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Effects of Megafire on Woody Species in the Mixed-Grass Prairie

Matthias W. Sirch1*, Daniel S. Sullins2, Nicholas J. Parker2, David A. Haukos3, John D. Kraft1, Christian A. Hagen4, and Kent A. Fricke5

1Kansas Cooperative Fish and Wildlife Research Unit, Division of Biology, Kansas State University, 205 Leasure Hall, 1128 N. 17th Street, Manhattan, KS 66506, USA. 2Department of Horticulture and Natural Resources, Kansas State University, 1602 Throckmorton Hall, 1712 Claflin Road, Manhattan, KS 66506, USA. 3U.S. Geological Survey, Kansas Cooperative Fish and Wildlife Research Unit, Division of Biology, Kansas State University, 205 Leasure Hall, 1128 N. 17th Street, Manhattan, KS 66506, USA. 4Department of Fisheries and Wildlife, Oregon State University, 104 Nash Hall, 2820 S.W. Campus Way, Corvallis, OR 97331, USA. 5Kansas Department of Wildlife, Parks, and Tourism, 1830 Merchant Street, Emporia, KS 66801, USA. *Corresponding author: msirch@uvm.edu

Praire Naturalist, Volume 54 (2022):11–23

Abstract
Lack of fire in contemporary grasslands has contributed to the invasion of woody plants that can survive low-intensity fire upon maturity, but knowledge of the effects of megafire (>100,000 ac [40,000 ha]) on mortality of woody species within grasslands is limited. We used remote sensing and ground surveys to estimate tree canopy cover change and rates of top-kill and mortality of woody species in the mixed-grass prairie following the Starbuck megafire. After the megafire, we detected 63% tree canopy cover loss, 17 ± 4% (mean ± SD) tree death, and 56 ± 5% tree top-kill with resprouting. We conclude that further postfire management (e.g., targeted herbicide, mechanical removal) may be required to limit woody encroachment following megafire.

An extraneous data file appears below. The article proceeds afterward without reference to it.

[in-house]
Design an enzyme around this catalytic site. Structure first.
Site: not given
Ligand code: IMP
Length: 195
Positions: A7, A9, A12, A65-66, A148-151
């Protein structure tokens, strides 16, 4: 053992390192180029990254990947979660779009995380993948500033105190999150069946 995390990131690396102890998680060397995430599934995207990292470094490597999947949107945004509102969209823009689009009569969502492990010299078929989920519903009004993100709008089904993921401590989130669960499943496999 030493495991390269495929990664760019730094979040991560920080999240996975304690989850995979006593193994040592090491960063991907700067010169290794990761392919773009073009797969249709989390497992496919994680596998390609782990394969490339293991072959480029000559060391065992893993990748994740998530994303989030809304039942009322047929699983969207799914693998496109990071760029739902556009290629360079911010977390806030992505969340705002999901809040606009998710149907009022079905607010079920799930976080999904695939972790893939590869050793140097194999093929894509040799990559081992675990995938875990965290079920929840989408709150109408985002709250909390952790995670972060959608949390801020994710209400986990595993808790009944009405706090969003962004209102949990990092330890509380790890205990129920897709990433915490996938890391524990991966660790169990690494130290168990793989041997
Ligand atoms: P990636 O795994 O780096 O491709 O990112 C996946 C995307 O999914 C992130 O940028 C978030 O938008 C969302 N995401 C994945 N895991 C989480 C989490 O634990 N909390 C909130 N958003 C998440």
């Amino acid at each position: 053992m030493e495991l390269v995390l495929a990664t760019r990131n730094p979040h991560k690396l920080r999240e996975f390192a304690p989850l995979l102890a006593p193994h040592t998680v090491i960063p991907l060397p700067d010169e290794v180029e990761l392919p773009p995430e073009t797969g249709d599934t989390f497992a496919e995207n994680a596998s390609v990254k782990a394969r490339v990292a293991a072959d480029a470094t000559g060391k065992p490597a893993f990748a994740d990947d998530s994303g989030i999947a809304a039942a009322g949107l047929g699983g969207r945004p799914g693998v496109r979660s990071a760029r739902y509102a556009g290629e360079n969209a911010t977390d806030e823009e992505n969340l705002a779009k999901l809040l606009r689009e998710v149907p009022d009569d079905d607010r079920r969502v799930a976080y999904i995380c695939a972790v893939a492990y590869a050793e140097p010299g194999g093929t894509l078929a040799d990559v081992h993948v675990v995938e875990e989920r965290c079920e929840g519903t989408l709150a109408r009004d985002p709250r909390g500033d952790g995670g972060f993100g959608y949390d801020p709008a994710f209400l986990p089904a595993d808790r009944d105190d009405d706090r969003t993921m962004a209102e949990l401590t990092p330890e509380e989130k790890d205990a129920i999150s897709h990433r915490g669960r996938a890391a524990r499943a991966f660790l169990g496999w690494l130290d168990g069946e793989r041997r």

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11 1Kansas Cooperative Fish and Wildlife Research Unit, Division of Biology, Kansas State University, 205 Leasure Hall, 1128 N. 17th Street, Manhattan, KS 66506, USA. 2Department of Horticulture and Natural Resources, Kansas State University, 1602 Throckmorton Hall, 1712 Claflin Road, Manhattan, KS 66506, USA. 3U.S. Geological Survey, Kansas Cooperative Fish and Wildlife Research Unit, Division of Biology, Kansas State University, 205 Leasure Hall, 1128 N. 17th Street, Manhattan, KS 66506, USA. 4Department of Fisheries and Wildlife, Oregon State University, 104 Nash Hall, 2820 S.W. Campus Way, Corvallis, OR 97331, USA. 5Kansas Department of Wildlife, Parks, and Tourism, 1830 Merchant Street, Emporia, KS 66801, USA. *Corresponding author: msirch@uvm.edu Associate Editor: Sean Jenkins, Department of Biological Sciences, Western Illinois University. 2022 PRAIRIE NATURALIST 54:11–23 Effects of Megafire on Woody Species in the Mixed-Grass Prairie Matthias W. Sirch1*, Daniel S. Sullins2, Nicholas J. Parker2, David A. Haukos3, John D. Kraft1, Christian A. Hagen4, and Kent A. Fricke5 Abstract - Lack of fire in contemporary grasslands has contributed to the invasion of woody plants that can survive low-intensity fire upon maturity, but knowledge of the effects of megafire (>100,000 ac [40,000 ha]) on mortality of woody species within grasslands is limited. We used remote sensing and ground surveys to estimate tree canopy cover change and rates of top-kill and mortality of woody species in the mixed-grass prairie following the Starbuck megafire. After the megafire, we detected 63% tree canopy cover loss, 17 ± 4% (mean ± SD) tree death, and 56 ± 5% tree top-kill with resprouting. We conclude that further postfire management (e.g., targeted herbicide, mechanical removal) may be required to limit woody encroachment following megafire. Introduction Fire within the mixed-grass prairie has historically been a key ecological driver in maintaining treeless landscapes (Askins et al. 2007, Gleason 1913, Keeley and Rundel 2005). However, land management in the form of fire suppression and intensive livestock grazing has encouraged encroachment of woody species onto grasslands (Briggs et al. 2005, DeSantis et al. 2011, Engle et al. 2008, Van Auken 2000). Such alterations, alongside land conversion for row-crop agriculture and energy development, have resulted in a mixed-grass prairie ecoregion with grasslands that are fragmented and invaded by woody and non-native species (Dodson and Fiedler 2006, Keeley 2006, Samson et al. 2004). As woody biomass increases, the additional fuels can promote megafires, a term typically defined as a fire burning >100,000 ac (40,000 ha) (Bracmort 2013, Brown 2018, Lindley et al. 2019). Today, the Great Plains region is recognized as one of six global hotspots for high grassland wildfire risk, and climate change models predict future increases of very large wildfires throughout the region (Barbero et al. 2015, Cao et al. 2015, Donovan et al. 2017). In support of these predictions, the two largest wildfires recorded in Kansas history occurred in 2016 and 2017 within the southern mixed-grass prairie of the Great Plains. The 2017 fire, known as the Starbuck Fire, burned approximately 662,737 ac (268,200 ha) from March 6th to 10th (Lindley et al. 2019). The Starbuck Fire burned 41,374 ac (16,744 ha, 6% of burned area) at moderate severity and 526,890 ac (213,225 ha, 80%) at low severity, with the remaining 91,737 ac (37,125 ha, 14%) classified as unburned or charred (Monitoring Trends in Burn Severity 2020) by using the differenced Normalized Burn Ratio (dNBR) index. In contrast to forests, grasslands have minimal fuel loads and grassland fires spread and burn through an area rapidly, accounting for the Prairie Naturalist M W. Sirch, D. S. Sullins, N. J. Parker, D. A. Haukos, J. D. Kraft, C. A. Hagen, K. A. Fricke 2022 54:11–23 12 low severity as the fire removes less vegetation and moisture from the soil than slower moving forest fires (Dillon et al. 2020, Keeley 2009, Miller et al. 2009). Accordingly, even areas burned at low severity experience a near-complete removal of vegetation. This low severity estimate for the Starbuck Fire is similar to all other recent large grassland fires (eight wildfires >50,000 ac [20,000 ha], 2016–2018) in the mixed-grass prairie (Monitoring Trends in Burn Severity 2020). The Starbuck Fire extensively burned portions of one of the largest remaining tracts of intact grasslands in the region, which provides habitat for several vulnerable grassland-dependent wildlife species, including Tympanuchus pallidicinctus Ridgway (Lesser Prairie-chicken; Haukos and Boal 2016, Rosenberg et al. 2019). As Lesser Prairie-chickens are sensitive to tall features (>3.28 ft [1 m]) on the landscape (Boggie et al. 2017, Falkowski et al. 2017, Lautenbach et al. 2017, Plumb et al. 2019), woody encroachment has become a regionally important threat to maintaining grassland habitat for wildlife. Prescribed burning is frequently used to limit woody encroachment, which, when incorporated with mechanical tree removal, can control woody encroachment and produce habitat for grassland-dependent species in the mixed-grass prairie (Fuhlendorf et al. 2017, Lautenbach 2017, Ratajczak et al. 2014). Two woody species that have substantially encroached onto the Great Plains include the native Juniperus virginiana L. (Eastern Redcedar) and non-native Tamarix ramosissima Ledeb. (Saltcedar). Encroachment by Eastern Redcedar can reduce grassland biodiversity, lower livestock productivity, increase carbon volatilization, and reduce wildfire suppression potential (Ratajczak et al. 2012, Twidwell et al. 2013). Several studies of Eastern Redcedar and other Juniperus species have demonstrated high postfire mortality rates that decrease as trees mature or surrounding vegetation is cut or grazed (Briggs et al. 2002, Noel and Fowler 2007, Ratajczak et al. 2014, Weir and Engle 2017). For Saltcedar, prescribed burning mortality rarely exceeds 30% as it vigorously sprouts from roots following most disturbances (Delwiche 2009, Hohlt et al. 2002, Racher et al. 2003). Further, Saltcedar serves as a fuel ladder that propels flaming embers onto surrounding vegetation beyond the fire perimeter, making prescribed burning challenging (Delwiche 2009). Because controlled wildfire experiments are not easily replicated, the effects of wildfire on vegetation should be evaluated when possible. Although ecological effects of prescribed burning have been studied extensively, vegetation responses to prescribed burning cannot be directly transcribed to vegetation exposed to more intensive wildfires such as megafires (Arkle and Pilliod 2010, Eisenberg et al. 2019). Most notably, prescribed burns are conducted in predictable low-wind and moderate-high humidity conditions, even during extreme and large-scale experiments (Bidwell et al. 2018, Dey and Hartman 2004, Weir 2014). As landscape-scale and intensive grassland wildfires in the Great Plains become more frequent (Donovan et al. 2017, Polley et al. 2013, Pyne 2017), knowledge of how megafires influence woody species in the highly altered mixed-grass prairie remains limited. To better understand the effects of megafires within the mixed-grass prairie, our objectives were to (1) estimate tree canopy change from ground surveys and remote-sensing techniques, and (2) evaluate woody species conditions including rates of dead and top-killed plants. We hypothesized that mortality of woody vegetation following the Starbuck Fire would be high but vary by species, and canopy cover would be substantially reduced. Materials and Methods Study Area We examined the effects of the 2017 Starbuck Fire on the mixed-grass prairie of Clark County, Kansas, USA (Fig. 1). The climate was characterized by a warm growing season (mid-April to mid- October) followed by months of little moisture, with precipitation averaging 22.25 in (56.49 cm) annually between 1895 and 2018 (NOAA 2020a). Wildfires typically occur in March and April as Prairie Naturalist M W. Sirch, D. S. Sullins, N. J. Parker, D. A. Haukos, J. D. Kraft, C. A. Hagen, K. A. Fricke 2022 54:11–23 13 vegetation has senesced after the dry period of December–February, which on average receives 0.66 in (1.67 cm) of precipitation per month (Lindley et al. 2019, NOAA 2020a). Wind speed averages are also highest during March and April as air pressure fluctuates due to a convergence of warm air from the Gulf of Mexico and cold air from the Rocky Mountains and the Arctic (Jones and Cushman 2004). Fire return intervals are thought to range 1 to 10 years with an average fire return interval of 5 to 10 years (Fryer and Luensmann 2012, Joern and Keeler 1995). The warm and dry conditions preceding the 6–10 March 2017 Starbuck Fire intensified effects of the megafire (Lindley et al. 2019). October, November, and December 2016 were particularly dry, receiving less than 1.41 in (3.58 cm) of precipitation cumulatively, 0.63 in (1.6 cm) below historical average (1895–2016) (NOAA 2020a). February 2017 accumulated only 0.07 in (0.18 cm) of precipitation with mean temperatures 9° F (5° C) above historical average (1895–2016) (NOAA 2020a), further desiccating vegetation. Fire ignited by a downed power line in western Oklahoma quickly spread northward on 6 March 2017. Only five hours after ignition, winds of 35 knots (40 mph [65 km/h]), with gusts of 50 knots (57 mph [92 km/h]), pushed flames the height of utility poles (~30 ft [9 m]) from the southwest before rapidly and repeatedly changing directions (Frazier 2018, NOAA 2020b). The Starbuck Fire burned most actively and expanded in size over a two-day period (March 6–7, 2017) and has been described as a short-duration evolution type fire (Lindley et al. 2019). In total, the fire burned an estimated 662,737 ac (268,200 ha). We conducted ground surveys to evaluate the effects of the fire on 38,500 ac (15,580 ha) of accessible private land within Clark County, Kansas (Fig. 1). The mosaic of land cover types included native grass pastures, Conservation Reserve Program (CRP) fields, alkali flats, sand dunes, and row-crop agriculture. Trees, primarily Populus deltoides W. Bartram ex Marshall (Eastern Cottonwood), Sapindus saponaria L. (Western Soapberry), Gleditsia triacanthos L. (Honey Locust), and Maclura pomifera (Raf.) C.K. Schneid (Osage Orange), generally grow in windbreaks along agricultural field edges. Several woody species, including Eastern Redcedar, Figure 1. Plot network established to survey postfire tree conditions after the 2017 Starbuck Fire across accessible property in Clark County, Kansas, and Beaver County, Oklahoma. Ground surveys were conducted between 28 August and 1 October 2018, on woodland (n = 98) and Saltcedar plots (n = 60). The differenced Normalized Burn Ratio (dNBR) severity index of the Starbuck Fire was calculated by the Monitoring Trends in Burn Severity program. Tree canopy cover loss was estimated from change in June 2015 and July 2017 National Agricultural Imagery Program (NAIP) imagery. Prairie Naturalist M W. Sirch, D. S. Sullins, N. J. Parker, D. A. Haukos, J. D. Kraft, C. A. Hagen, K. A. Fricke 2022 54:11–23 14 Ulmus L. spp. (Elm spp.), Elaeagnus angustifolia L. (Russian Olive), and Salix nigra Marshall (Black Willow) have encroached into the grasslands. Saltcedar has established in dense stands along riverine lowlands of the Cimarron River. Change in Canopy Cover To remotely estimate tree canopy cover, we examined defined woodland areas using the 2015 USDA Forest Service Tree Canopy layer, compiled by Paull et al. (2017), throughout the study area. We manually refined the woodland canopy layer across accessible private land using 1-meter resolution National Agricultural Imagery Program (NAIP) imagery for June 2015 and July 2017 to identify tree canopy cover both before and after the wildfire. Tree canopy was distinguished from surrounding vegetation by a distinct shadow at a 1:1000 scale. Pre- and postfire tree canopy layers were manually drawn using ArcGIS 10.6 (ESRI 2018). Field Collected Data To ground-truth our remotely-sensed tree canopy estimates and estimate woody species mortality on the ground, we randomly generated 100 non-overlapping 65.62 ft (20 m) diameter woodland ground survey plots within the 2015 pre-fire woodland canopy layer. Two woodland plots were later excluded because of documented aerial application of herbicide in the area. We then used the remotely-sensed postfire 2017 canopy values to compare with 2018 field observations. We evaluated the relationship of remotely-sensed and woodland ground survey canopy estimates using a generalized linear regression in Program R 3.6.1 (R Development Core Team 2019). Our woodland plots mostly focused on wooded uplands and hedgerows interspersed throughout the predominantly grassland study area. To better evaluate Saltcedar mortality following the Starbuck Fire, we established an additional 60 plots (Saltcedar plots) centered in riparian areas largely invaded by Saltcedar. The areas were manually delineated in ArcGIS 10.6 using the 2015 NAIP imagery to identify Saltcedar stands by their characteristic clustering. We randomly generated 30 plots in both burned and unburned areas within Saltcedar clusters. Because there were no accessible unburned Saltcedar clusters in Clark County, we established the unburned Saltcedar plots within accessible private property in Beaver County, Oklahoma, ~7 mi (11 km) from the closest burned plot (Fig. 1). For each 65.62 ft (20 m) diameter woodland and Saltcedar plot, we estimated composition of woody species and percentage of intact, dead, and top-killed plants. Top-kill was defined as appearing dead except for new resprout branches growing from the living root system, whereas intact individuals had living canopy branches. We tallied plants as an individual if the diameter at breast height (DBH) was >1 in (2.54 cm) and branches appeared to have emerged from the same root system. For every intact, dead, and top-killed woody species, we measured height of the plant and height of the tallest resprouting branch. In each plot, we also measured largest DBH of each species. We ocularly estimated heights between 10 ft (3 m) and 30 ft (10 m) and used a clinometer for branches taller than 30 ft (10 m). For each woodland plot, we estimated canopy cover ocularly in groups of 0, 1–5, 5–25, 25–50, 50–75, 75–95, and 95–100%. We estimated canopy cover ocularly rather than with a densiometer because of thick understory (<16 ft [5 m] tall; Korhonen et al. 2006). We conducted ground surveys a year and a half after the wildfire, between 28 August and 1 October 2018. Estimation of Woody Species Mortality To evaluate megafire effects on each woody species, we estimated the proportion that were dead and top-killed within burned plots. We estimated proportions of mortality and top-kill among all plots, SD of proportions as where p is proportion, q is (1 – p), and n is Prairie Naturalist M W. Sirch, D. S. Sullins, N. J. Parker, D. A. Haukos, J. D. Kraft, C. A. Hagen, K. A. Fricke 2022 54:11–23 15 number of samples, and adjusted Wald 95% confidence intervals following Zar (2010). If p = 0 or 1, we used confidence intervals derived from nth root of α = 0.025 following methods in Zar (2010). Analysis of Woody Species Mortality To evaluate if tree mortality and top-kill rate varied by species, we logit transformed percent dead and top-kill estimates as our response variables for each ground survey plot and then performed a multivariate analysis of variance (MANOVA) with burned and unburned treatments as independent variables (Warton and Hui 2011). Although MANOVA can handle correlated dependent variables, we examined correlation between mortality and top-kill rates using a Pearson’s product-moment correlation test. We then performed an analysis of variance (ANOVA) to evaluate influence of fire on logit transformed dead and resprout rates separately. Finally, we performed Welch’s t-tests to examine woody species height and DBH difference between burned and unburned plots. All analyses were conducted using Program R 3.6.1 (R Development Core Team 2019). Results Change in Canopy Cover Our remotely-sensed analysis indicated a 63% woodland canopy cover loss within the burned portion of the study area, decreasing from 126.5 ac (51.2 ha) pre-fire (0.33% of study area) to 46.95 ac (19.0 ha, 0.12%) postfire. Within woodland plots, remotely-sensed canopy cover decreased from 61.8 ± 31.2% to 18.9 ± 28.8% after the wildfire. This woodland canopy estimate using remotely-sensed data was comparable to canopy cover estimated at postfire ground-truth plots (11.0 ± 20.4%), with remotely-sensed canopy slightly greater than ground canopy within woodland plots (Yremotely sensed = 1.01 * Xground estimate + 7.82; r2 = 0.51, t153.2 = 2.1, P = 0.04). For Saltcedar plots, ground-measured postfire canopy cover was 0.6 ± 3% of the surveyed area. Species Composition Each woodland plot contained 1.7 ± 0.9 tree species on average. Woody species within woodland plots were predominantly Honey Locust (26 ± 4%), Western Soapberry (23 ± 4%), Osage Orange (13 ± 3%), Elm spp. (9 ± 3%), Saltcedar (6 ± 2%), Eastern Cottonwood (5 ± 2%), and Eastern Redcedar (4 ± 2%). Artemisia filifolia Torr. (Sand Sagebrush) (5 ± 13%) and Prunus angustifolia Marshall (Sand Plum) (5 ± 12%) were the predominant shrub species. Within Saltcedar plots, Saltcedar accounted for 97 ± 2% of woody species (Table 1). Estimation of Woody Species Mortality We collected data on woody species mortality and condition after the Starbuck Fire. Overall, 17 ± 4% of trees were dead within burned woodland plots while 56 ± 5% were top-killed and resprouted from roots (Table 2). Percentages of dead individuals were greatest for Eastern Redcedar (100%) and Eastern Cottonwood (86 ± 3%), and lowest for Russian Olive and Black Willow (0%) (Table 2). Of 117 burned ground survey plots, 116 plots (99%) had a tallest branch at >3.28 ft (1 m) tall. Tallest branches in burned ground survey plots averaged 29.36 ± 14.60 ft (8.95 ± 4.45 m). Percentage of dead and top-killed tree species in each plot were negatively correlated, which reflects that if trees were not killed by fire they typically were top-killed (r = -0.62, t391=- 15.41, P < 0.001). Combined mortality and top-kill rates varied among burned and unburned treatments (Wilk’s λ = 0.53, F2,357 = 159.5, P < 0.001) and by species (Wilk’s λ = 0.48, F26,714 = Prairie Naturalist M W. Sirch, D. S. Sullins, N. J. Parker, D. A. Haukos, J. D. Kraft, C. A. Hagen, K. A. Fricke 2022 54:11–23 16 12.3, P < 0.001). The interactive effect of the burn on each species was also significant, indicating that mortality and top-kill rates from the megafire were species-specific (Wilk’s λ = 0.87, F18,714 = 2.8, P < 0.001). Black Willow, Russian Olive, Honey Locust, Western Soapberry, and Osage Orange all showed high rates of top-kill, with branches resprouting from the tree base (Table 2). Among shrub species, Sand Sagebrush exhibited the greatest mortality, followed by Sand Plum and Rhus aromatica Aiton (Fragrant Sumac). Saltcedar Mortality and Top-kill Our comparison among burned and unburned treatments revealed that Saltcedar was largely top-killed by the megafire and resprouted from the base. In all burned ground survey plots, 33 ± 9% of Saltcedar were dead, 65 ± 9% were top-killed, and 2 ± 4% remained living with intact canopy cover (Table 2). Percentage of dead and top-kill Saltcedar varied among burned and unburned plots (Wilk’s λ = 0.20, F2,149 = 292.6, P <0.001). However, this difference was mostly due to the difference in top-kill rates among burned and unburned treatments (F1,150 = 88.8, P < 0.001). In unburned plots, Saltcedar were 21 ± 8% dead, 1 ± 3% top-killed, and 78 ± 8% intact. Tallest Saltcedar branches in burned plots were on average 12.40 ± 2.46 ft (3.78 ± 0.75 m) tall, similar to 13.19 ± 2.20 ft (4.02 ± 0.67 m) unburned Saltcedar branches (t58.693 = -1.31, P = 0.19). We observed 1 dead Saltcedar >16.4 ft (5 m) tall and 4 dead Saltcedar >13.1 ft (4 m) tall, indicating the megafire likely killed large Saltcedar trees. A year and a half after the Starbuck Fire, resprouting branches of top-killed Saltcedar grew to 6.40 ± 1.74 ft (1.95 ± 0.53 m) tall. Woody species Trees Honey Locust 0.26 0.04 83 149 0 NA 0 NA W. Soapberry 0.23 0.04 76 247 0 NA 0 NA Osage Orange 0.13 0.03 42 91 <0.01 <0.01 3 21 Elm Spp. 0.09 0.03 31 71 <0.01 <0.01 7 25 Saltcedar 0.06 0.02 21 103 0.97 0.02 1514 1282 E. Cottonwood 0.05 0.02 15 35 0 NA 0 NA E. Redcedar 0.04 0.02 12 52 <0.01 <0.01 6 15 Mulberry 0.02 0.01 6 26 0 NA 0 NA Black Locust 0.02 0.01 6 30 0 NA 0 NA Black Willow <0.01 <0.01 <1 3 0 NA 0 NA Ash Spp. <0.01 <0.01 1 10 0 NA 0 NA Russian Olive 0 NA 0 NA <0.01 <0.01 4 19 Overall 0.9 0.03 293 272 0.98 0.03 1534 1278 Shrubs Sand Sagebrush 0.05 0.02 16 86 0.01 0.02 23 106 Sand Plum 0.05 0.02 15 108 0 NA 0 NA Fragrant Sumac <0.01 <0.01 <1 3 <0.01 <0.01 2 9 Overall 0.1 0.02 31 148 0.02 0.02 25 111 Woodland plots Saltcedar plots Plants/ha Plants/ha x̅ SD x̅ SD x̅ SD x̅ SD Table 1. Overall mean woody species composition and standard deviation within woodland (n = 98) and Saltcedar plots (n = 60) surveyed in Clark County, Kansas, and Beaver County, Oklahoma, USA between 28 August and 1 October 2018. Prairie Naturalist M W. Sirch, D. S. Sullins, N. J. Parker, D. A. Haukos, J. D. Kraft, C. A. Hagen, K. A. Fricke 2022 54:11–23 17 Table 2. Tree and shrub species counts and proportion of dead and top-killed following the Starbuck Fire within all burned ground survey plots (n = 117) in Clark County, Kansas, USA between 28 August and 1 October 2018. Plots were established where trees were remotely detected in 2015. Dead (proportion) Top-kill (proportion) Trees E. Redcedar 35 9 1 0 0.91–1.00 0 0 0.00–0.09 E. Cottonwood 42 21 0.86 0.03 0.72–0.94 0.05 0.02 0.00–0.17 Ash Spp. 3 1 0.67 0.04 0.20–0.94 0.33 0.04 0.06–0.80 Mulberry 10 4 0.4 0.05 0.17–0.69 0.3 0.04 0.10–0.61 Saltcedar 901 37 0.33 0.09 0.25–0.43 0.65 0.09 0.55–0.74 Elm Spp. 97 28 0.22 0.04 0.15–0.31 0.42 0.05 0.33–0.52 Honey Locust 219 40 0.1 0.03 0.06–0.14 0.75 0.04 0.69–0.81 Osage Orange 99 24 0.08 0.03 0.04–0.15 0.53 0.05 0.43–0.62 Black Locust 18 5 0.06 0.02 0.00–0.28 0.78 0.04 0.54–0.92 W. Soapberry 225 16 0.02 0.01 0.01–0.05 0.54 0.05 0.41–0.54 Black Willow 1 1 0 NA 0.00–0.78 1 NA 0.22–1.00 Russian Olive 3 2 0 0 0.00–0.53 1 0 0.47–1.00 Overall Woodland Plots 872 87 0.17 0.04 0.12–0.29 0.56 0.05 0.54–0.74 Overall Saltcedar Plots 873 30 0.35 0.09 0.26–0.44 0.63 0.09 0.53–0.72 Overall 1796 117 0.26 0.04 0.16–0.31 0.6 0.05 0.42–0.60 Shrubs Sand Sagebrush 92 9 0.08 <0.01 0.03–0.15 0.92 0.03 0.85–0.97 Sand Plum 47 2 0.02 <0.01 0.00–0.12 0.98 0.01 0.88–1.00 Fragrant Sumac 3 2 0 0 0.00–0.53 1 0 0.47–1.00 Woody species No. total No. plots present x̅ SD 95% CI x̅ SD 95% CI Prairie Naturalist M W. Sirch, D. S. Sullins, N. J. Parker, D. A. Haukos, J. D. Kraft, C. A. Hagen, K. A. Fricke 2022 54:11–23 18 Discussion Variation in postfire mortality and top-kill rates by species in our study highlights the complex nature of woodland response to disturbance, even in areas with limited tree diversity such as our study site in the mixed-grass prairie of western Kansas. Our study contributes to a small but growing body of evidence on the impacts of megafires on grassland plant communities in the Great Plains (Donovan et al. 2020, Rideout-Hanzak et al. 2011), and specifically advances knowledge on the impact to woody species interspersed within grassland-dominated landscapes. Results indicated that megafire in mixed-grass prairie initially reduced canopy cover, but many burned deciduous trees resprouted from their root systems. For example, complete mortality of Saltcedar was not substantially greater in burned areas relative to unburned areas. However, Saltcedar in a burned area experienced a 65% top-kill rate that removed nearly all riverine canopy cover. In contrast to the high prevalence of resprouting from top-killed Saltcedar and other deciduous species, we documented substantial mortality among Eastern Cottonwoods and complete mortality for the invasive Eastern Redcedar. Our results suggest that megafires historically restricted woody encroachment into grasslands in the Great Plains by eliminating mature stands of Juniperus and Populus spp. Eastern Cottonwoods that died following the Starbuck Fire were fairly tall, with at least 6 individuals >60 ft (18 m) tall and >31.5 in (80 cm) DBH. Resprouting was also limited for many Eastern Cottonwood across the study area. In contrast to our findings, Wonkka et al. (2018) observed high Eastern Cottonwood regeneration rates following an early May wildfire ~105 m (170 km) west of our study area. Differences in the size or timing of fires, as well as location of trees among hedgerows in our study rather than in riparian areas, may have influenced conflicting regeneration rates between the two studies. In addition, our reduced regeneration may have been caused by an interaction of browsing on resprouting branches by cattle or deer and the effect of the fire (Glinski 1977, Stromberg 1997). Our high postfire mortality estimates for Eastern Cottonwood and Eastern Redcedar were substantially greater than estimates historically observed in the region’s woodlands. Percentages of dead Populus and Juniperus spp. across Kansas in typical unburned woodlands have been estimated by the USDA Forest Inventory and Analysis (FIA) Program as 19 ± 3% and 2 ± 1%, respectively (>5 in [12.7 cm] DBH, 2006–2016). The FIA standing dead baseline for Populus spp. was the greatest of all examined species, though still well below the 86% we recorded following the megafire (Table 2). This suggests substantial mortality of Eastern Cottonwood despite the thick insulating bark for which the species is known (VanderWeide and Hartnett 2011). For Eastern Redcedar, we documented complete mortality of all trees following the megafire, even trees >20 ft (6 m) tall and with DBH >10 in (25 cm). An Eastern Redcedar of this size would more likely survive a smaller and less intense prescribed fire (Briggs et al. 2002, Nippert et al. 2021, Owensby et al. 1973), but the crown damage of the megafire’s larger flames likely killed the mature juniper trees (Weir and Engle 2017). Eastern Redcedar lacks the adventitious buds at the root collar that allow other fire-adapted woody species to resprout (Glasgow and Bidwell 2009). Although our reported mortality rates suggest megafires may have restricted encroachment of native Eastern Redcedar and Eastern Cottonwood into mixed grass prairie, mortality of the exotic invasive Saltcedar was substantially lower. The Saltcedar mortality rate of 33% from this study coincides with rates of prescribed burn studies across the region (Delwiche 2009, Hohlt et al. 2002, Racher et al. 2003). However, Saltcedar mortality was not substantially different between burned and unburned areas. Our comparison among burned and unburned areas may have been confounded by Diorhabda spp. Desbrochers (Tamarisk Beetle). The relatively high Saltcedar mortality rate in unburned areas was likely caused by Tamarisk Beetles, which have been introduced across the Southwest since 2001 as a Saltcedar defoliator biocontrol (Bean and Dudley 2018, Prairie Naturalist M W. Sirch, D. S. Sullins, N. J. Parker, D. A. Haukos, J. D. Kraft, C. A. Hagen, K. A. Fricke 2022 54:11–23 19 Hatten 2016) and has recently expanded into portions of the study area. Although the Saltcedar mortality rate was low, we documented near-complete removal of canopy from riverine lowland Saltcedar stands. Additionally, our estimates suggest that 65% of Saltcedar were top-killed and resprouted, with new sprouts growing to nearly 6.5 ft (2 m) tall over a year and a half after the fire. This rapid growth rate corresponds with previous research noting faster growth rates for recently disturbed Saltcedar (Goldsmith and Smart 1982). We recognize that wildfire alone has limited potential for returning established Saltcedar stands to grassland habitat, particularly due to this resprouting capacity and the species’ ability to disperse millions of seeds annually (Bond and Midgely 2003, Di Tomaso 1998, Stevens 2002). Similar to patterns of Saltcedar, we documented high resprouting potential in several other deciduous taxa, including Elm spp., Honey Locust, Osage Orange, and Western Soapberry (Bond and Midgely 2003). Our results suggest that future megafires, if not selecting for herbaceous cover, will select for native or invasive non-native woody species with strong resprouting potential, similar to postfire woody vegetation shifts in Arizona following decades of fire suppression (Taylor et al. 2021). In addition to better understanding direct responses of both exotic and native invasive woody species, the accurate prediction of future woody species response to megafire will need to account for interactions with other ecological drivers including climate (Askins et al. 2007). As the mixed-grass prairie experiences warmer and drier conditions, greater variability of weather linked to climate change could result in more intense wet seasons followed by intense drought during dormant seasons. Such a scenario would promote the growth and drying of grasses as fuel for fire (Courtwright 2011). When combined with increased woody encroachment throughout the region, megafires may become more prominent and challenging to suppress (Lindley et al. 2019). Megafires like the Starbuck Fire have the potential to reduce the abundance of trees on the landscape, creating habitat for grassland wildlife species. However, once undesirable trees become established, it will require substantial disturbance and effort for the woody species to be removed. Management Implications Even following a megafire, resprouting Saltcedar and other tree species were prevalent. Mechanical removal of root systems or multiple years of herbicide may be required to eliminate Saltcedar from an area (Duncan and McDaniel 2009, Fick and Geyer 2010, McDaniel and Taylor 2003). In areas suitable for Saltcedar, aggressive efforts to prevent establishment of Saltcedar and other resprouting species may be more cost effective. In contrast, large fires and megafires may present an opportunity to reclaim grasslands previously invaded by Eastern Redcedar. Although Eastern Redcedar will not resprout, dead Eastern Redcedar may continue to stand for many years, functionally limiting habitat availability for grassland-obligate species like the Lesser Prairie-chicken (Fuhlendorf et al. 2017, Lautenbach et al. 2017, Oberle et al. 2018). Acknowledgments We thank Corrie Desilets who helped collect field data and all private landowners for allowing access. For financial and logistical support, we thank Kansas State University, Kansas Department of Wildlife, Parks, and Tourism, United States Department of Agriculture (USDA) Natural Resources Conservation Service, Pheasants Forever, and Lesser Prairie-Chicken Initiative. The research which is the subject of this manuscript has been financed, in part, with federal funds from the Fish and Wildlife Service, a division of the United States Department of Interior, and administered by the Kansas Department of Wildlife, Parks, and Tourism. 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